I think Obama put himself in a bad spot by passing the tax cuts. I say this because Washington DC is going to change drastically starting next year.

The House and the Senate will both be filled with several new tea partying Republicans who are going to want to cut spending.   As the deficit worsens we will see increasing pressure to do something to stop it.

This is going to lead to job cuts and other austerity measures beginning in 2011.  I don't expect anything drastic but it will start nonetheless. 

Obama is going to end up looking bad when the Republicans start cutting because the middle class are the ones who are going to feel the pain.

Obama will then get painted the President who gave the middle class the shaft after giving tax cuts to the rich.  This will be a political nightmare for him down the line and ironically I think the left may hate on him on this issue as much as the right does.

The Bottom Line

We have clearly reached a fork in the road when it comes to the markets and the economy.  Unemployment remains high and is getting worse.  Our deficit is on the verge of not being manageable as bond yields continue to rise. 

Stocks have priced in a strong 2011 recovery which I don't think is going to happen.  I can't see any material recovery without a nice uptick in jobs.  The only reason we had a recovery this year was because the government was willing to put it on it's credit card.  The economy would have been miserable this year without their handouts. 

The Fed would love to rinse and repeat the same thing this year which is why we got QE2.  The problem with this idea is the Fed now has the bond market to deal with.

They aren't too keen on this idea.   They are becoming increasingly worried about our deficits because they see no recovery that can pull us out of this mess.

The Fed doesn't see the recovery either.  If they did then they would have never pushed the QE2 button.   Bernanke knows this can't work but he did it anyway because there was no other option.

The after shocks are still being felt from our "printing" announcement.  Bonds have collapsed and commodities have soared ever since.   

This is going to be felt down the line by stocks as increased costs hurt margins.  Remember:  Oil remains stubbornly high and you need oil to make pretty much everything in our economy.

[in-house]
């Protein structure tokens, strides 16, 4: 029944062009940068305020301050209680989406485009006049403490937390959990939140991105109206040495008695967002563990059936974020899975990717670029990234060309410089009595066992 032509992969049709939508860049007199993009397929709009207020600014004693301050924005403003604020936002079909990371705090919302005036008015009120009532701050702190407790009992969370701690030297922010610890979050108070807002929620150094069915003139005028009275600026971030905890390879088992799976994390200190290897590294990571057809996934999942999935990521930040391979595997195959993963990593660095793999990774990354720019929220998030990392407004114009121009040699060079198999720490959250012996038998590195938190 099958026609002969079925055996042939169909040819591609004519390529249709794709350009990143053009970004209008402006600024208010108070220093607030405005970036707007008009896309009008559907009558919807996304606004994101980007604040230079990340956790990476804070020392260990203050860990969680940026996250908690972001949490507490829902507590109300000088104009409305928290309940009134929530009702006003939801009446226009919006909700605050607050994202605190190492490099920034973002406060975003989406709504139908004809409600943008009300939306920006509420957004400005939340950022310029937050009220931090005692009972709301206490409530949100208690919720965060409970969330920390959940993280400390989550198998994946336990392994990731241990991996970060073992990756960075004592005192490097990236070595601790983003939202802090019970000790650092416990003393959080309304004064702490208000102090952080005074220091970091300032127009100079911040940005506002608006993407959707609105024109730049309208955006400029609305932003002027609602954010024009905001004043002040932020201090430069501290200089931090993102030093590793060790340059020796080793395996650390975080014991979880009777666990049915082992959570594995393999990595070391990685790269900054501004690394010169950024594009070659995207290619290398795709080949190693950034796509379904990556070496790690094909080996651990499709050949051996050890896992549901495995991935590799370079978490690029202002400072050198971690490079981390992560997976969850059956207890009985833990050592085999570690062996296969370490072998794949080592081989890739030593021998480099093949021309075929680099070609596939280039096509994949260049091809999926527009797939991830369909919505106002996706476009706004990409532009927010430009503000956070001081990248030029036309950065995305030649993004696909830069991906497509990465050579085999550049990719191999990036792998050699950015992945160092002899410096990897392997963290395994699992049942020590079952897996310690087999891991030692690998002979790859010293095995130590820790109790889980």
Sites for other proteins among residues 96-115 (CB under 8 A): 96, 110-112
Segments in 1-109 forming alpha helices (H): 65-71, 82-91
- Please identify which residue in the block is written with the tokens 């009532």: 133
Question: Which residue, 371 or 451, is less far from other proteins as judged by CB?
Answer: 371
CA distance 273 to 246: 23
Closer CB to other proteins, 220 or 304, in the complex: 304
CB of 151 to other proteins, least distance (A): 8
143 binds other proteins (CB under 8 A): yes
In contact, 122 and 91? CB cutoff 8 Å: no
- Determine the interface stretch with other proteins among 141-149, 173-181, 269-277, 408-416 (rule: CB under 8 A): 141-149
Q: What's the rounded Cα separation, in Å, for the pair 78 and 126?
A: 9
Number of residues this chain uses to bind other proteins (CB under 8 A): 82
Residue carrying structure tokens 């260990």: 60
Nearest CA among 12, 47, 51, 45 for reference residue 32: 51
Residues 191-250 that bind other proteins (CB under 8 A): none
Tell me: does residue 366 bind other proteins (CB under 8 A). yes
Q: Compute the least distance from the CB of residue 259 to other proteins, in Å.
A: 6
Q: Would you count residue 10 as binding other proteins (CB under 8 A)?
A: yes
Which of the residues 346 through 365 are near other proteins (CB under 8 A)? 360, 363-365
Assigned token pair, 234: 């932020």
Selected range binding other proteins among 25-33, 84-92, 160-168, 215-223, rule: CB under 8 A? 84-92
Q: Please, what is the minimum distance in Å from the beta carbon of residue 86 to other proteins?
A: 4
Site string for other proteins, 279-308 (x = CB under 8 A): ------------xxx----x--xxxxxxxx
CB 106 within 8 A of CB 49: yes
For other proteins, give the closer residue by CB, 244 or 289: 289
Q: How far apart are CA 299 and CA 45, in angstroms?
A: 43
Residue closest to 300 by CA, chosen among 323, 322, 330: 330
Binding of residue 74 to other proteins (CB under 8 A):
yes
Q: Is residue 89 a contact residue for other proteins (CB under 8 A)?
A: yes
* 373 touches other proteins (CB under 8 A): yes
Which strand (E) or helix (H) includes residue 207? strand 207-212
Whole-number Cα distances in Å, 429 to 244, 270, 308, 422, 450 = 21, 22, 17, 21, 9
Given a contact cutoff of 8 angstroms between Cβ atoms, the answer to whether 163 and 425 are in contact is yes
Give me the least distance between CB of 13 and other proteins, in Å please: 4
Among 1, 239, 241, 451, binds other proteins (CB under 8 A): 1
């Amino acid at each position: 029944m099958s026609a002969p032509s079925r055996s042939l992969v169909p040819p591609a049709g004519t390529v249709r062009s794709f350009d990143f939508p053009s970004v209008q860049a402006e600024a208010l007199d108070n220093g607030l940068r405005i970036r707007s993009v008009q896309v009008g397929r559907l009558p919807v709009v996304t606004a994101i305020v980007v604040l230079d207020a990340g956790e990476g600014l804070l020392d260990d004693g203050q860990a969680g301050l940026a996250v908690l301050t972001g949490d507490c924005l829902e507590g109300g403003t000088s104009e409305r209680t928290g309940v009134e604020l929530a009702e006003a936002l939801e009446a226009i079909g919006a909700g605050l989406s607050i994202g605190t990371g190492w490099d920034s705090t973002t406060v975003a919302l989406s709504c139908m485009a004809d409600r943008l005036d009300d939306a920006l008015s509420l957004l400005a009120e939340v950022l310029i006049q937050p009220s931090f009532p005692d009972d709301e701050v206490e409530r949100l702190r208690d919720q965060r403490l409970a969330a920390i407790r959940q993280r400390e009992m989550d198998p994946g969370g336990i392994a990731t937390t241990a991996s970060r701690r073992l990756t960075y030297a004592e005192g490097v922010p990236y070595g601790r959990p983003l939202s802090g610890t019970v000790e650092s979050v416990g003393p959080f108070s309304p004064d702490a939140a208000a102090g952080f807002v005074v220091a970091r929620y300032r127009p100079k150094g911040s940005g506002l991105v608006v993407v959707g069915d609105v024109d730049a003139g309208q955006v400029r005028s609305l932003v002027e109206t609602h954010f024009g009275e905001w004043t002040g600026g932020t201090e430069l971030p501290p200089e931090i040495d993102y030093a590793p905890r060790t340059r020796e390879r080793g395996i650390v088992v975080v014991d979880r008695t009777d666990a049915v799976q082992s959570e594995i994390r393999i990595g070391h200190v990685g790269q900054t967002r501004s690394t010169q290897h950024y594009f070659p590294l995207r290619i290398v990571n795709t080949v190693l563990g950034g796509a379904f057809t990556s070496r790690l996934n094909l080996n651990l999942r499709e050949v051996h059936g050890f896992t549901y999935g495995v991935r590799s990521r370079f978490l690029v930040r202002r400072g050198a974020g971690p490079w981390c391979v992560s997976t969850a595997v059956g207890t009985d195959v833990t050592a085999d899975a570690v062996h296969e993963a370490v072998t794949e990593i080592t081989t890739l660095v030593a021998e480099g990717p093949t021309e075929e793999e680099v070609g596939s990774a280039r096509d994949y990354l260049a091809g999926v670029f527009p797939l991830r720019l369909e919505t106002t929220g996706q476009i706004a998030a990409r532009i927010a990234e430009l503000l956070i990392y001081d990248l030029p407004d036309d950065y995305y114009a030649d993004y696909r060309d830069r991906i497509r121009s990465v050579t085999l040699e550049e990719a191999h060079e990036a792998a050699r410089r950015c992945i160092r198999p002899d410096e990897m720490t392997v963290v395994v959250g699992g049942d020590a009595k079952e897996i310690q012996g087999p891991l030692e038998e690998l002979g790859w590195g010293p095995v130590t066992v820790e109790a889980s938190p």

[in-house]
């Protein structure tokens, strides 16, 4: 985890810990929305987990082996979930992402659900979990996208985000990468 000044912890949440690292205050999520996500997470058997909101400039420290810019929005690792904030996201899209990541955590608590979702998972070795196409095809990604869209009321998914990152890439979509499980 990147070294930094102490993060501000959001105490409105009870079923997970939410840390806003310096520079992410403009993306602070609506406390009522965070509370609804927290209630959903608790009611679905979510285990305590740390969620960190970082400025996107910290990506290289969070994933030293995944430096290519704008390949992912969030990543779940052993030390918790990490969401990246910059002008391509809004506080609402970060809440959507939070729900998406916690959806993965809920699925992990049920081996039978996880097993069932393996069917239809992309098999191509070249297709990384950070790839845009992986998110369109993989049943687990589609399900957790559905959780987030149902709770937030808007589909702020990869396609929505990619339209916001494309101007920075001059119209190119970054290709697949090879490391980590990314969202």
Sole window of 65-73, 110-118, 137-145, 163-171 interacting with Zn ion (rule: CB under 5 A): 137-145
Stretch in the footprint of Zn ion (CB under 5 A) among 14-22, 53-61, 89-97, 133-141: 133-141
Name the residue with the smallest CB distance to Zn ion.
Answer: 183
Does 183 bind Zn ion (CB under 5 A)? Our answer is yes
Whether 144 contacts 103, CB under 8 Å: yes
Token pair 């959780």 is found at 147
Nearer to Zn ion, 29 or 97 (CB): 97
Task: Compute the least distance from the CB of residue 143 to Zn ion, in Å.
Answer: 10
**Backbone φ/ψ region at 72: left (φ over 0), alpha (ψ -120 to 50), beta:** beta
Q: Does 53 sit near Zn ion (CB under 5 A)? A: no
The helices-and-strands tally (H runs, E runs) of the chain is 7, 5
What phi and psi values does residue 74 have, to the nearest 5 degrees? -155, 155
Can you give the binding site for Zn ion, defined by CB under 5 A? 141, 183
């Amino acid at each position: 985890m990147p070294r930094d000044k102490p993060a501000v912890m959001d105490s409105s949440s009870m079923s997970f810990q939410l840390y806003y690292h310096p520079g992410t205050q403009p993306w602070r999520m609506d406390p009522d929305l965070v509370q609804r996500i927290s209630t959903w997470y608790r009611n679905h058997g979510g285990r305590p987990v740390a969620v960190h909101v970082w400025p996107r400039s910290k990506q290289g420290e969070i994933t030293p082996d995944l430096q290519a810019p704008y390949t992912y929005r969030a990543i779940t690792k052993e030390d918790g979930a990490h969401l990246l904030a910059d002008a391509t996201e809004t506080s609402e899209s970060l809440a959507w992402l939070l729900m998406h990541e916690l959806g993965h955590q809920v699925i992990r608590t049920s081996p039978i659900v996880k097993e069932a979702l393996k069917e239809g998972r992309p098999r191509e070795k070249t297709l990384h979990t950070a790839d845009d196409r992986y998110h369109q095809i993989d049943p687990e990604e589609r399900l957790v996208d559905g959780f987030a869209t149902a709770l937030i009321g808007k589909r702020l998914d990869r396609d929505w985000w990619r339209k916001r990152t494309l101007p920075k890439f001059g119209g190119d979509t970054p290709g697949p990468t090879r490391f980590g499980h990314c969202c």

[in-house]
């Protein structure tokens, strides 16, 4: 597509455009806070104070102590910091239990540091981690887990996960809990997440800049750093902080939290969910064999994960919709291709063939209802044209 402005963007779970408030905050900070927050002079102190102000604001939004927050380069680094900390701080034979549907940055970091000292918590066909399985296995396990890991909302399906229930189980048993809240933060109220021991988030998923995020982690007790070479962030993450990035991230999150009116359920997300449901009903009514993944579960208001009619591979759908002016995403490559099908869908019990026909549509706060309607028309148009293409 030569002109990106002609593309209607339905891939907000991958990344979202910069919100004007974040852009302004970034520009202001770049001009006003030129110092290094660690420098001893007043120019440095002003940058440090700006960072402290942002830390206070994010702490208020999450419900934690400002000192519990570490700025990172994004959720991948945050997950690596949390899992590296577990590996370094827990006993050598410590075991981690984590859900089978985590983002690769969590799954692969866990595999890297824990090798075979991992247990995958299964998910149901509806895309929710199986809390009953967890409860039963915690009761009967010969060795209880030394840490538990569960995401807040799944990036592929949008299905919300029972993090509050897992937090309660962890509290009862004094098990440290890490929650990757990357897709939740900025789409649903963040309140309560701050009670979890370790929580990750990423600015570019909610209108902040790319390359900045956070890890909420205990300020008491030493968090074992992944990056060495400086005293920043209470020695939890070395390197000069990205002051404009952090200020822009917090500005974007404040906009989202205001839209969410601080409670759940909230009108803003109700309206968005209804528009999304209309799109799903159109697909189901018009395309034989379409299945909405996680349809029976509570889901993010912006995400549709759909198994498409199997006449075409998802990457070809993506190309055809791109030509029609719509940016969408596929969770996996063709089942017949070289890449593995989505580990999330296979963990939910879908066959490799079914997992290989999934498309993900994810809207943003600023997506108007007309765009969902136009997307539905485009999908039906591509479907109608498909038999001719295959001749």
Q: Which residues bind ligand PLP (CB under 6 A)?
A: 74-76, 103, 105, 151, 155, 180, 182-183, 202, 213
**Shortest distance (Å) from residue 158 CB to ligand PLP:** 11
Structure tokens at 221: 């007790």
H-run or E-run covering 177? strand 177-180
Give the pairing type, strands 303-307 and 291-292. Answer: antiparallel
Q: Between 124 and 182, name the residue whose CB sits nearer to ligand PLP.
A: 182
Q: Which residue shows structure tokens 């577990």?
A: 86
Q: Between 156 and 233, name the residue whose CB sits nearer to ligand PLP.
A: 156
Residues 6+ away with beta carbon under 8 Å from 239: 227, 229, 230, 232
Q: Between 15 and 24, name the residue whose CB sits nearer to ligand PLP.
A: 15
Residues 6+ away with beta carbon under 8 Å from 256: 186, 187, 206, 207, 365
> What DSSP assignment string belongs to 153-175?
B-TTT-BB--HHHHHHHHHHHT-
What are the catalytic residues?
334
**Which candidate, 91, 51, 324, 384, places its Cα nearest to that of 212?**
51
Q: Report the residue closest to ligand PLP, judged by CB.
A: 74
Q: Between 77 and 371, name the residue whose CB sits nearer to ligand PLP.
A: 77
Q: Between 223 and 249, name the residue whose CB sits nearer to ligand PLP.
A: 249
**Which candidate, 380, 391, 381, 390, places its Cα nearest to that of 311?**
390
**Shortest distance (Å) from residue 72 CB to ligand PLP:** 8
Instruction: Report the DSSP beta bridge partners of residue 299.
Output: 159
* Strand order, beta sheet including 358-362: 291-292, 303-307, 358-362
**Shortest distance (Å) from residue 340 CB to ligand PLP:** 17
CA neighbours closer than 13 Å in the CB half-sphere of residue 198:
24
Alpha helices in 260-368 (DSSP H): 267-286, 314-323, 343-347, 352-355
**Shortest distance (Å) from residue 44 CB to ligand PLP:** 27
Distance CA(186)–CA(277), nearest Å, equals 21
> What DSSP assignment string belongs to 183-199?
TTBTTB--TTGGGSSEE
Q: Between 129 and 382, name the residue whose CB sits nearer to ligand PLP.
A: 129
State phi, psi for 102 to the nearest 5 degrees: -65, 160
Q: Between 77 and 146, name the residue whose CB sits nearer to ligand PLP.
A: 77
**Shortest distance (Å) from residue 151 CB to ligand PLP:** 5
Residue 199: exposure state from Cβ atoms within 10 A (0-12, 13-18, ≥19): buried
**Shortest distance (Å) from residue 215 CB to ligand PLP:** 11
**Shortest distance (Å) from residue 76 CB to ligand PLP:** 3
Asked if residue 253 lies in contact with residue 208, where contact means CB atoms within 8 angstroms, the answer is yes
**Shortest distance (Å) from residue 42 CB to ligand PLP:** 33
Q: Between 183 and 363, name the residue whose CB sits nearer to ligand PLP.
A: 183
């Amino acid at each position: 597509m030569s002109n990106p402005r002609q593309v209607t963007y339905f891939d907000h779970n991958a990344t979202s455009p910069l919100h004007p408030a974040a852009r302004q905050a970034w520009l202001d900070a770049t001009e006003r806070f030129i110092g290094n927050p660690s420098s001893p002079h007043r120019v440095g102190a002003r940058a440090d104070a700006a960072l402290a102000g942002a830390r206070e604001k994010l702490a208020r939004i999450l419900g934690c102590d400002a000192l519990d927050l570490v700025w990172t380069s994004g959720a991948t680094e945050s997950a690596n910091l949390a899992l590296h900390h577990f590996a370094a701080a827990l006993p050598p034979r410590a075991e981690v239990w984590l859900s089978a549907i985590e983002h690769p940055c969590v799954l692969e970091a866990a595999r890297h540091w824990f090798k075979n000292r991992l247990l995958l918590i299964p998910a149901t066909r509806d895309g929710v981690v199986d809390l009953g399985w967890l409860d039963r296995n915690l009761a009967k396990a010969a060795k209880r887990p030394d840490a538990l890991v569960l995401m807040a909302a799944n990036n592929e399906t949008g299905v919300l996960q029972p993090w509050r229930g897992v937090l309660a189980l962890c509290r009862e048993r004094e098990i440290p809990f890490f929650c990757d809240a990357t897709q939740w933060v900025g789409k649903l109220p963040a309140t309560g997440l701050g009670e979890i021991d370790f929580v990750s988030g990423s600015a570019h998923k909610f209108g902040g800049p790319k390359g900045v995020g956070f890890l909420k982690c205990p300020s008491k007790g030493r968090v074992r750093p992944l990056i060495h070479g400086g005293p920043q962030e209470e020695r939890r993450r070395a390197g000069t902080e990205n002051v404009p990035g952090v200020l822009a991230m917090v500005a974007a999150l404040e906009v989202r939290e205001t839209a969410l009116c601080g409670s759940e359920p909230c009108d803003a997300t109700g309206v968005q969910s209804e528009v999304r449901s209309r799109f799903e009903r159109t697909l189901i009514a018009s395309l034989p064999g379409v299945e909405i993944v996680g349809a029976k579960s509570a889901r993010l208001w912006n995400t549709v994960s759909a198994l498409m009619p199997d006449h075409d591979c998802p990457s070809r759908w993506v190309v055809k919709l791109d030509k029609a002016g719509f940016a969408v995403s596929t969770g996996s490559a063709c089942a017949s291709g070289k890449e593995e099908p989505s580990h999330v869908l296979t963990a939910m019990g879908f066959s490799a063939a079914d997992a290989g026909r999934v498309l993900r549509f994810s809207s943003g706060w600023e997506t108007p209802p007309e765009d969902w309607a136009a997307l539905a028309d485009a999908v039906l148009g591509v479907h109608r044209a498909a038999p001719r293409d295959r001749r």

I'll have more on my thoughts later.  The bottom line is I expect lower stock prices in our future as the market realizes that the great 2011 recovery was nothing but a pipedream. 


Wednesday, December 15, 2010

Take Your Austerity and Shove It!

It looks like the Greeks decided to not be upstaged by Italy today:

My Take:

Nothing like seeing angry mobs trying to light cops on fire.  How long can this last until the police say "F" this and join the other side. 

Folks, take it all in because you are going to see a replay of this over here.  I say this because the US is in the same fiscal shape as Greece.

The images above are horrifying and it's only going to get worse.  This is what happens when your debt levels can no longer be sustained, and you must slash the cost of government via austerity in an attempt to stay solvent.

The problem we have is the people in the world today are soft and have no idea what it's like to experience real HARD TIMES.  Go watch a few clips from WWII or the Great Depression if you want to see what it's like to really struggle in order to survive.

As a result, citizens like the Greeks are completely unprepared when the government stops writing checks when they run out of ways to borrow more money.

The bottom line here is reality is beginning to set in and they don't like it.  The people of Greece are now broke and jobless, and the government has no money or answers for them.  This is not an acceptable answer for it's citizens so they turn to violence and upheavel as they become enraged with the situation over time. 

Things is only going to get worse as people become more desperate.  If I was a politician over there I would be strongly considering getting the hell out of dodge before getting bloodied like the stooge at the end of the video above.

I know if I lived in Greece and had money I would getting out of there because inevitably people will start stealing from others in order to survive.  Think about it:  What other options do people have when there are no jobs and no future?

Some advice:

Before you go spend your last $2000 on a 50" HDTV I suggest you reconsider unless you have at least 6 months of cash in the bank. 

In case you missed the move in bonds, we are now seeing something similiar to what Greece saw a year ago in their own debt markets.  Take a look at the 10 year today:

Now take a look at the 10 year since the Fed decided to QE in early November: